March 3, 2017
On March 2, 2017 Senators Edward Markey (D-MA) and Al Franken (D-MN) co-authored a letter to the President urging the new administration to “adopt a strategy of active diplomatic engagement with North Korea, backed by rigorous sanctions enforcement and a robust military deterrence posture in cooperation with… regional partners.” The letter comes on the heels of a North Korea policy review initiated by the White House to consider a range of proposals, which reportedly include the use of military force. The letter by Senators Markey and Franken underscores the urgency of the situation and called on the President to “reach out directly and discreetly to North Korea with an offer to begin talks about restarting negotiations on their nuclear and ballistic missile activities.” The goals of the negotiations, they outline, should approach the long-term goal of North Korea abandoning its nuclear weapons program in a step-by-step process in exchange for mutual confidence-building measures like economic engagement opportunities and addressing future US-ROK joint military exercises. In tandem with this diplomatic approach, they urge the President to utilize the North Korean Sanctions and Policy Enhancement Act to strengthen the implementation of existing sanctions. In closing, they reiterate the necessity to “exhaust opportunities for tough diplomacy” before moving to drastically escalate pressure on North Korea.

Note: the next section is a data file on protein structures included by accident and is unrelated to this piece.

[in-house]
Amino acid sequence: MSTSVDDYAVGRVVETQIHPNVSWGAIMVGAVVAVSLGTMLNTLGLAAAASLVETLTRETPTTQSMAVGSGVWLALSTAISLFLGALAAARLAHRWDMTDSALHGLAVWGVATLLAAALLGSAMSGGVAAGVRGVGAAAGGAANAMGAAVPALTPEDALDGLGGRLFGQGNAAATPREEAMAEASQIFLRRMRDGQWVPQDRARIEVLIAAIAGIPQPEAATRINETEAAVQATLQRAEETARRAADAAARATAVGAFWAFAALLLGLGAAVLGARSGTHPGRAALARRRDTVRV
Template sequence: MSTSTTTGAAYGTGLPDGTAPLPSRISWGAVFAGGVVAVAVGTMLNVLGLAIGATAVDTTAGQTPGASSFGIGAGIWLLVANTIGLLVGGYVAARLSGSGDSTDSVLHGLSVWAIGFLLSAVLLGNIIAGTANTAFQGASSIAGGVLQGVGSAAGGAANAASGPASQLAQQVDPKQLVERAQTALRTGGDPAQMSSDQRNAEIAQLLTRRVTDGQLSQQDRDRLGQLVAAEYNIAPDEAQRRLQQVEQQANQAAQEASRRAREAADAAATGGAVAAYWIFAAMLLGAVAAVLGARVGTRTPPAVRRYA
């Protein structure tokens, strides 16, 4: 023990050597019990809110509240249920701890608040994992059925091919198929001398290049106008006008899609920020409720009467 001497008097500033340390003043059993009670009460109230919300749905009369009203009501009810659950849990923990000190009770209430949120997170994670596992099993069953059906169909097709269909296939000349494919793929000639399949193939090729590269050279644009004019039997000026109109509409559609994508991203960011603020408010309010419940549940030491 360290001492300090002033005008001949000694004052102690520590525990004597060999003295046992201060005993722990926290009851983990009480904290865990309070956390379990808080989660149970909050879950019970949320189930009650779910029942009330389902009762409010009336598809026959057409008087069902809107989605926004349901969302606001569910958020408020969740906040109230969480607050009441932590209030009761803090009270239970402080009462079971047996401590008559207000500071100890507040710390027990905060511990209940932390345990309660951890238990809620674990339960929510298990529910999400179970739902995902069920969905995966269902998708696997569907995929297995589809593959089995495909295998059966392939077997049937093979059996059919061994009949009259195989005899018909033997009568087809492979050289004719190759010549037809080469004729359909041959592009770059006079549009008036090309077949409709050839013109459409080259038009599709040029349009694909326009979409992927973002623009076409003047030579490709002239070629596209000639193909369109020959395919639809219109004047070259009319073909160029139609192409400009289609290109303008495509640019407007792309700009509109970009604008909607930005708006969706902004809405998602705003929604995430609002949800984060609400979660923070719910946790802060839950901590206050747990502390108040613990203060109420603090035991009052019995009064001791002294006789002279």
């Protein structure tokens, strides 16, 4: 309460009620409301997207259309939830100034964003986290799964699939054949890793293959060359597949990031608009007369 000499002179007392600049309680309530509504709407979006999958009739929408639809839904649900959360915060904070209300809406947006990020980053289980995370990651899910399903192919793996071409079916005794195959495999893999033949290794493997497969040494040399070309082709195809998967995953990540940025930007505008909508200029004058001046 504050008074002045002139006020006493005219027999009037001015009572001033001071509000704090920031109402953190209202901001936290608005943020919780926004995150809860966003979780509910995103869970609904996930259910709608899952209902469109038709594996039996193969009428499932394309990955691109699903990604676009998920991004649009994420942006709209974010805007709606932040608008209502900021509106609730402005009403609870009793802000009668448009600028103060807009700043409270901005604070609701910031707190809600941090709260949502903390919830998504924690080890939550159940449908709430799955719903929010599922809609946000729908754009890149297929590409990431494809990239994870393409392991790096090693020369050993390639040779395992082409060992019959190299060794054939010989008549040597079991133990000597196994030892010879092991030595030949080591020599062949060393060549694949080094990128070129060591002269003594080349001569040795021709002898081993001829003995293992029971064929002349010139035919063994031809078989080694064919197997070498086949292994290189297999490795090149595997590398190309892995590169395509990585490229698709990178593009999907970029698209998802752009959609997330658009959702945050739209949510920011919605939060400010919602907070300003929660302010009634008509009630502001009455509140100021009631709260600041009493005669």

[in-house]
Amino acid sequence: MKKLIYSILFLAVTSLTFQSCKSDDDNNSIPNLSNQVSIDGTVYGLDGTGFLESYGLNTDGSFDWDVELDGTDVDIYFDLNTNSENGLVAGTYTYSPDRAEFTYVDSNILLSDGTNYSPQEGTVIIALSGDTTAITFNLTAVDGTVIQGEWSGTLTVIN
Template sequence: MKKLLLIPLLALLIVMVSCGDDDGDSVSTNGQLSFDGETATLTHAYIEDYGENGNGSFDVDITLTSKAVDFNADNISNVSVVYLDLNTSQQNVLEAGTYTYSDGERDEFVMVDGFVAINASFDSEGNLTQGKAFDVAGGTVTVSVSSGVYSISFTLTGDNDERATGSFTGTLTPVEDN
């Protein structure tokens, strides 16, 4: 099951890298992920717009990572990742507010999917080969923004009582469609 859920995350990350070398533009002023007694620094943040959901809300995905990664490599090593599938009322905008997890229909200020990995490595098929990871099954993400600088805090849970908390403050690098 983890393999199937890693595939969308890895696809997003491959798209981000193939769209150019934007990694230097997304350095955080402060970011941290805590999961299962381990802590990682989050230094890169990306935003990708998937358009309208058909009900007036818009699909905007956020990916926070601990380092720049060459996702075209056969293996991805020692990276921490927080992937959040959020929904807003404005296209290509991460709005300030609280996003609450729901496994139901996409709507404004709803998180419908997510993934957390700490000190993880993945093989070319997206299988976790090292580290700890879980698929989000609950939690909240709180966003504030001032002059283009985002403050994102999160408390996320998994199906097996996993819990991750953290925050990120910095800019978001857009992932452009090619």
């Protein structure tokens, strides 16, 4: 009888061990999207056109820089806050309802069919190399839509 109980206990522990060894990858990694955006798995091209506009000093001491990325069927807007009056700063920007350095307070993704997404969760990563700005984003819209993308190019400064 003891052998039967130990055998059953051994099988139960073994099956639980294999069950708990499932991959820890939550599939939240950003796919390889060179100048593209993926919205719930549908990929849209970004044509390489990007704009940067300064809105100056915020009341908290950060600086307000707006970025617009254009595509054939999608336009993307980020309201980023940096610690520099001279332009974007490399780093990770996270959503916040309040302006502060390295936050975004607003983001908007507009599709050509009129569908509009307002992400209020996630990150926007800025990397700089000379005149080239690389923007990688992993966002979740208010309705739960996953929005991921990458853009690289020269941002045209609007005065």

This letter was preceded by a letter sent on February 14, 2017 by six Republic Senators, led by Ted Cruz (R-TX) and Cory Gardner (R-CO) to the Secretary of Treasury, Steven Mnuchin. The Senators urge the Secretary to “execute the full extent of financial sanctions and targeted financial measures provided for under current law” on North Korea to bring meaningful economic pressure on North Korea and cut it off from the international banking system. The letter details the gap between the sanctions regime and implementation efforts and the need for “a determined, sustained, and well-resourced campaign to investigate, uncover and sanction the complex web of… third-country companies and banks that fund Kim Jong-un’s regime, facilitate proliferation, and break sanctions.” They offer 10 specific actions that the Treasury Department could take to more effectively “cut off North Korea’s access to the hard currency it uses to finance its illicit nuclear program.”